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Mumbai: The gram panchayat office of the nondescript Malewadi village in Solapur district of Maharashtra has been abuzz since August 20. Local journalists, activists, politicians and visitors from neighbouring villages have been dropping by to see how the two Dalit families in the village stood up to an over dozen caste Hindu bullies who refused them access to the village’s crematorium.
When the caste Hindus joined hands to stop the funeral of a Dalit man in the village, his family, as a sign of protest, cremated the body right outside the gram panchayat office.
On August 20, a 74-year-old man with disabilities, Dhananjay Sathe, belonging to the Scheduled Caste Matang community, passed away. His brother Dashrath Sathe, the village sarpanch, and other family members decided to take the body to the village crematorium, situated adjacent to the farmland belonging to people from the OBC Mali community.
When the caste Hindus refused access to the Sathes, they waited, negotiated and protested for over 18 hours. And finally, cremated the body right outside the panchayat office.
In a village with over 1,100 houses, only two houses belong to the Dalit community. Over 90% of the houses belong to the Mali community and a few to other OBC communities. Resisting the casteist diktats in such a skewed setup is precarious, and the Sathes have had to bear the brunt of retribution on several occasions.
Between April and August, this is the third instance of a caste-based atrocity, says Suman Sathe, Dhananjay’s niece. “It all began after my uncle Dashrath Sathe was elected village sarpanch. They (the caste Hindus) had expected him to abide by their orders and remain a silent sarpanch. My uncle did not. And that was the turning point in the village.” Since then, the family, she alleges, has been verbally intimidated, had casteist abuses hurled at them, beaten up and stopped from accessing the farmland belonging to the OBC community.
On August 20, when Dhananjay died of old age-related ailment, all that his family had hoped for was some private mourning time. “Because of the COVID-19 pandemic, we had decided to not let many relatives and friends gather. My uncle died at 2 am and we wanted the cremation to be done by 10 am. But when we began to move the body to the cremation ground, we knew things won’t be as easy,” Suman says. The Sathes claim that their vehicle was obstructed and the accused persons threatened them with dire consequences if they did not retreat immediately.
The situation had soon turned volatile and the police were summoned to the spot. “But instead of supporting us, the police joined hands with the perpetrators,” a victim’s relative allege. The police, they claim, stood there as mute spectators and refused to accompany the victims to the crematorium, claiming their “vehicle had broken down”. Suman has video recorded the entire episode.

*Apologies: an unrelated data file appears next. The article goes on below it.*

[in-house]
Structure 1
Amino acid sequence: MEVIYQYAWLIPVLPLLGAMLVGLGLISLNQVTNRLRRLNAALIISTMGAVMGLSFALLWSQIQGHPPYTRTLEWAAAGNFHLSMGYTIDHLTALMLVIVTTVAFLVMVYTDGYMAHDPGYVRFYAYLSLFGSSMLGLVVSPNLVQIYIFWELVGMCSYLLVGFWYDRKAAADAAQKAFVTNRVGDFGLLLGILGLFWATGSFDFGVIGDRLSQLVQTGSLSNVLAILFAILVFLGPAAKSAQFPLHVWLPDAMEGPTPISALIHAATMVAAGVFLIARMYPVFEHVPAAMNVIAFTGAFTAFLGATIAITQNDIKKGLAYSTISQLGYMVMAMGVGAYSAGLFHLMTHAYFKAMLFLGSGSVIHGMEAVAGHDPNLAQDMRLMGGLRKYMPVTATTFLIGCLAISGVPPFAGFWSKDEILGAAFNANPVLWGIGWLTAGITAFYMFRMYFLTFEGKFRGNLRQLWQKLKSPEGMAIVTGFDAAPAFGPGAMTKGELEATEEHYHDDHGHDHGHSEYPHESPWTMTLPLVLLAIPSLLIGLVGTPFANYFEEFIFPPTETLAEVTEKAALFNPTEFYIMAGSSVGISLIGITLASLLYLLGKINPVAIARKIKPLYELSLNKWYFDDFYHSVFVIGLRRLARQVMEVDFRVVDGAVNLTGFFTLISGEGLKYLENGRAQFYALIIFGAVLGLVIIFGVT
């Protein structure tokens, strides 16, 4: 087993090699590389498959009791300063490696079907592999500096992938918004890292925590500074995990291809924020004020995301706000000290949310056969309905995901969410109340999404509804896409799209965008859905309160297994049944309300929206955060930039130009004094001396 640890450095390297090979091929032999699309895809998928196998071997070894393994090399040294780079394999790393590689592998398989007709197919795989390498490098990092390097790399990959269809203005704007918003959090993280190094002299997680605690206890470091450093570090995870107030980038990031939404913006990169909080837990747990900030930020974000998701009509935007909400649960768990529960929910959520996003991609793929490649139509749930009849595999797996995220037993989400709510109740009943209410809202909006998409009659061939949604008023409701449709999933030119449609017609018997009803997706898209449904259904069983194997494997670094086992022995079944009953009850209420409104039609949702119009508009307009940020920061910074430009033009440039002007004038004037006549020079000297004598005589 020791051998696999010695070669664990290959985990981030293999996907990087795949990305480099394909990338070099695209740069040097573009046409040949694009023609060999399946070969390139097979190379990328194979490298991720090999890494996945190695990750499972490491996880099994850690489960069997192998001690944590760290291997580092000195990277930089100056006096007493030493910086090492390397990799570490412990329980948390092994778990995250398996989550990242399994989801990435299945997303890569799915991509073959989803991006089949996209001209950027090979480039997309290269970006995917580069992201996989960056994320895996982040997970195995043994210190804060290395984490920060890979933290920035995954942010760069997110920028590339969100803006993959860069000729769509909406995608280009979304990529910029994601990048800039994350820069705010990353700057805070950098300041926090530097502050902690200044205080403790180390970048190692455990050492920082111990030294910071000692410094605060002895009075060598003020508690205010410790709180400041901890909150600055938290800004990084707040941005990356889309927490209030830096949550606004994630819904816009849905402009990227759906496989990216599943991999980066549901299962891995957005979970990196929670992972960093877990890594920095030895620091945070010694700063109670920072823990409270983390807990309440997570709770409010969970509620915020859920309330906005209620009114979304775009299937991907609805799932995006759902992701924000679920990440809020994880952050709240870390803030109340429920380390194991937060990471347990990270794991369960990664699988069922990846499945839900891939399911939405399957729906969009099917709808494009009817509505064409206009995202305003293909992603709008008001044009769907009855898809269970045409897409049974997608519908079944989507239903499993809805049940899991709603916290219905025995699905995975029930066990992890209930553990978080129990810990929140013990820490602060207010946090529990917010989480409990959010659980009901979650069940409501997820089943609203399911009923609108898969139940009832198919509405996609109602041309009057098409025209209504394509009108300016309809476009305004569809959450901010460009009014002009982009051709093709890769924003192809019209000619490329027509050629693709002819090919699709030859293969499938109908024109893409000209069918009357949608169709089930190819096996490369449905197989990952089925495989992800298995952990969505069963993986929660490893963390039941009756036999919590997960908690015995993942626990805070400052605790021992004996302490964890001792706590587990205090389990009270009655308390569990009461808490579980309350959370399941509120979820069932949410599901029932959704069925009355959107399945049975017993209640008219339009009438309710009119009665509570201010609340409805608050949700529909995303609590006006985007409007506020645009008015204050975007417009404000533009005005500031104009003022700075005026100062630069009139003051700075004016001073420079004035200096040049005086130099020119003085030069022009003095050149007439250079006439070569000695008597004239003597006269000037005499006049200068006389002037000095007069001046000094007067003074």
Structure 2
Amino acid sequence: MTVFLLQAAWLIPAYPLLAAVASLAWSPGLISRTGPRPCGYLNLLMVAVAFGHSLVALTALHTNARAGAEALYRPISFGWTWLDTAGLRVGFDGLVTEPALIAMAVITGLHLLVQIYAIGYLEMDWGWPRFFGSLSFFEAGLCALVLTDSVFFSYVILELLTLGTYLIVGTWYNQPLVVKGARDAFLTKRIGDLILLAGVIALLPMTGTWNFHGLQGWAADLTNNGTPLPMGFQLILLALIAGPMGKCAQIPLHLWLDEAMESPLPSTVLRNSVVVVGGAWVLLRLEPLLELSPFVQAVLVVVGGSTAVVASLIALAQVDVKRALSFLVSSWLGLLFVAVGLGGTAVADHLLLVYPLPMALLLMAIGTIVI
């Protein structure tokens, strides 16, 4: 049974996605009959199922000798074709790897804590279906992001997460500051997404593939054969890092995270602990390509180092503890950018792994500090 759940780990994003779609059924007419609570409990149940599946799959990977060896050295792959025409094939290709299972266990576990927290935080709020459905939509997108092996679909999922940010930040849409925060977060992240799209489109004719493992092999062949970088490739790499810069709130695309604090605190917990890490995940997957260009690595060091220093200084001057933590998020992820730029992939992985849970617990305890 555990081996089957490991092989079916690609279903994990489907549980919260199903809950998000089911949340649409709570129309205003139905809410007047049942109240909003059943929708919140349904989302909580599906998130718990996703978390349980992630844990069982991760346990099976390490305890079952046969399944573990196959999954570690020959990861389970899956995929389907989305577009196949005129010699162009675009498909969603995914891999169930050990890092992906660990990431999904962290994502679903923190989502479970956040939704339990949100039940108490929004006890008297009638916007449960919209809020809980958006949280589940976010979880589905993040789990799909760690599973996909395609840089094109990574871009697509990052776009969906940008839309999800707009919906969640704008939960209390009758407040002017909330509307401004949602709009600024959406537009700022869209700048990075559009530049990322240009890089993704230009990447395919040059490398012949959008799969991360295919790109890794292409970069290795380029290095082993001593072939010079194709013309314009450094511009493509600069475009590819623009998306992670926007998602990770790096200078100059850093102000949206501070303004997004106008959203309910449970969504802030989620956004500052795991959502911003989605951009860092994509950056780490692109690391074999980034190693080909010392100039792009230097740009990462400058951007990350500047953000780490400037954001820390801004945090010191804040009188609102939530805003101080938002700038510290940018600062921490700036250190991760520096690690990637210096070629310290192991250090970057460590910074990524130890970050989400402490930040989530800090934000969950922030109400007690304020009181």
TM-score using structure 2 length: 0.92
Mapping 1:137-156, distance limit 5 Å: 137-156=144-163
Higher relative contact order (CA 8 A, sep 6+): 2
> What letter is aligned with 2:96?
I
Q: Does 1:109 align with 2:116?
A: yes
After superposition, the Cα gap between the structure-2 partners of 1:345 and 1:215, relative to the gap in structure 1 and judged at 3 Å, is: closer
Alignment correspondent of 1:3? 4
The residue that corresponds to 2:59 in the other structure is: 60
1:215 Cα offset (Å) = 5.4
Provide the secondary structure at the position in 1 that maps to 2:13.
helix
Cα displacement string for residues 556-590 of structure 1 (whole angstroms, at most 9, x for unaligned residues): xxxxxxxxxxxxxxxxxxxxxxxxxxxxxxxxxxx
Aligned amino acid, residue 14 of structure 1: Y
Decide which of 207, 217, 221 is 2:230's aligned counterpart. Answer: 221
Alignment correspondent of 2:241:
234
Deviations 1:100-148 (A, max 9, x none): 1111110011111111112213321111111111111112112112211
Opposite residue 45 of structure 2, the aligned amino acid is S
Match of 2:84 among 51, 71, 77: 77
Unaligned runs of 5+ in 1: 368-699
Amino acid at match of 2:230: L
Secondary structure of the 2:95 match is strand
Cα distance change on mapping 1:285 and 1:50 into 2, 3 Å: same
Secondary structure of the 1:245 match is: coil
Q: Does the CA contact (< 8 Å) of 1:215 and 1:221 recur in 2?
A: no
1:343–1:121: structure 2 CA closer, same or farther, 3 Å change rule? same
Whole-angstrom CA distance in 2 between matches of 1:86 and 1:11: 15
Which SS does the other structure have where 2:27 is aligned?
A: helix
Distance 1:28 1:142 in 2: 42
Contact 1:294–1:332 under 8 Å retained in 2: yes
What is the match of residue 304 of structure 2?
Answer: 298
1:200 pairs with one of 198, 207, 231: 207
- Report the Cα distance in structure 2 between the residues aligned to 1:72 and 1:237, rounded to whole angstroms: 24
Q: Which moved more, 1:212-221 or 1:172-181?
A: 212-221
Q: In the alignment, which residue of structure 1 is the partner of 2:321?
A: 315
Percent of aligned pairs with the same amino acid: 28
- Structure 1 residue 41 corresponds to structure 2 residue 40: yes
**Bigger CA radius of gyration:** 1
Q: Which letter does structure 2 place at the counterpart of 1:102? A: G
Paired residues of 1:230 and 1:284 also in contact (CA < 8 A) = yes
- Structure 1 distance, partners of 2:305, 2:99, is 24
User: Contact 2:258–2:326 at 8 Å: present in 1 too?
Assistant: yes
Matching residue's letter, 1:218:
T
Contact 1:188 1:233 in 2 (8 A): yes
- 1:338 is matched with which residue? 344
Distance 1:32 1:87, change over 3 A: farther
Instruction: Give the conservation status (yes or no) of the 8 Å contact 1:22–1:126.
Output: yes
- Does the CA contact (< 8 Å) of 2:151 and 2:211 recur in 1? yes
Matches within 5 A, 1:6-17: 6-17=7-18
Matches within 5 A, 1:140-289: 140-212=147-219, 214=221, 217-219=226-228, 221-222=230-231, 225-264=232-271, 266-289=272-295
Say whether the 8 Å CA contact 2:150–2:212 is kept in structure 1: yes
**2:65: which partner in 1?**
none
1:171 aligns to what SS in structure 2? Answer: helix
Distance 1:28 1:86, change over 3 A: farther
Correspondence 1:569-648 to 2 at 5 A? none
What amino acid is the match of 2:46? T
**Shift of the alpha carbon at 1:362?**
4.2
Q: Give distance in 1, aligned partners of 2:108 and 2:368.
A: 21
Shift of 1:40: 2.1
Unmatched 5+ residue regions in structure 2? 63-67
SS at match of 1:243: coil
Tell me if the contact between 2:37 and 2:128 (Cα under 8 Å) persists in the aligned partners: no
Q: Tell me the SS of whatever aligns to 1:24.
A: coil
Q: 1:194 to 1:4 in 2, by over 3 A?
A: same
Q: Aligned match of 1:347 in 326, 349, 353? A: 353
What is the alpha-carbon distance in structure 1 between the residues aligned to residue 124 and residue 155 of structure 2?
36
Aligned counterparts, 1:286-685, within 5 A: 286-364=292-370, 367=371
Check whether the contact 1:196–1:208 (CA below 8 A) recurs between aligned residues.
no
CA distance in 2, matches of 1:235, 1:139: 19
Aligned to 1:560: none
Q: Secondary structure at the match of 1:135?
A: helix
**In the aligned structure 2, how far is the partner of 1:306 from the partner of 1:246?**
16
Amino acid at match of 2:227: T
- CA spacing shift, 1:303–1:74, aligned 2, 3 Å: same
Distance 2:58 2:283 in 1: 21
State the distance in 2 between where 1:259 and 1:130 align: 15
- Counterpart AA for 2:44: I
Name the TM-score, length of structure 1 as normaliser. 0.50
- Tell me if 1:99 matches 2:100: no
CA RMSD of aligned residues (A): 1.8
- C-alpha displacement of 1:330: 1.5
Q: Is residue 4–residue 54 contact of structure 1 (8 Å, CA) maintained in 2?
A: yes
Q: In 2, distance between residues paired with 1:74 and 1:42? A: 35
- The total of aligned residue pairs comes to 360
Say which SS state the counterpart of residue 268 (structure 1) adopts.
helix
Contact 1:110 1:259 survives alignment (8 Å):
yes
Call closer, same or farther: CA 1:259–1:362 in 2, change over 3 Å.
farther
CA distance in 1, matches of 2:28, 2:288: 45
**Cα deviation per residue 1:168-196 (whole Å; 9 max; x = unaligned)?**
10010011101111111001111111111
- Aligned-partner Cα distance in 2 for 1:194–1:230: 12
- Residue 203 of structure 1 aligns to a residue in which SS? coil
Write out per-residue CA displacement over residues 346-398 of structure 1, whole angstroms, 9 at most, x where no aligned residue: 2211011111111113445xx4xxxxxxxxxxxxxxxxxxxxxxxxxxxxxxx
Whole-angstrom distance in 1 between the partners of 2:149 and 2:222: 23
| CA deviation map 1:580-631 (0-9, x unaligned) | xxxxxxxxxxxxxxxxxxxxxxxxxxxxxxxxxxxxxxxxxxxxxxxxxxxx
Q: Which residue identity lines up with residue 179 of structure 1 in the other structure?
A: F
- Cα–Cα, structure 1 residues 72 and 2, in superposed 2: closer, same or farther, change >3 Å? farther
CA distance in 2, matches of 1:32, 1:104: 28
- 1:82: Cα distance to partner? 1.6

After the incident, the Sathe family headed to the police station to get a case registered under the Scheduled Castes and Scheduled Tribes (Prevention of Atrocities) Act. While the police reluctantly registered their complaint following pressure from political activists, two separate counter cases have been registered against the victims, “for the gathering at the time of the pandemic and for video graphing the police and posting it on social media,” Suman claims.
Nana Kadam of the Vanchit Bahujan Aghadi told The Wire that the atmosphere in the village has seen been volatile and the two Dalit households fear being targeted by the caste Hindus. The VBA has written to the district authorities seeking immediate action and safety for the victim’s family.
The Wire tried contacting the Akluj police authorities several times to find out more about the counter cases against the victim’s family but could not establish contact. The story will be updated once the police respond.
Meanwhile, the police are yet to act upon the victims’ complaints and initiate any action. “We have named 13 persons in our FIR. Of them, two persons – Vinayak Kudale and Rahul Kudale – are mentioned in the earlier FIRs too,” Suman says.
Maharashtra has had a long history of caste atrocities relating to access to village crematoriums. In most villages, the crematoriums are made available closer to the settlements belonging to the dominant castes’ houses, making it difficult for the Dalit families to access the cremation site without resistance. Desecration of a dead body, disallowing usage of grazing land to carry out the rituals and violent attacks on marginalised communities are commonly reported from rural Maharashtra.
The incident that transpired at Malewadi is symptomatic of the struggles that over 17,000 villages of Maharashtra face due to the lack of burial or cremation grounds. In most villages, the district authorities make use of barren land for burial. This land, invariably, is encroached upon by the influential castes of the village. The dispute in many parts of the state has even turned bloody. While some Dalit families concede and make use of their own patches of land for cremations, landless families face serious problems accessing the burial site in the village.
In 2017, in an identical case, a Dalit family was forced to cremate a body outside the tehsildar’s office in Selu taluka in Parbhani district after the caste Hindus in the village had denied them access to the cremation ground.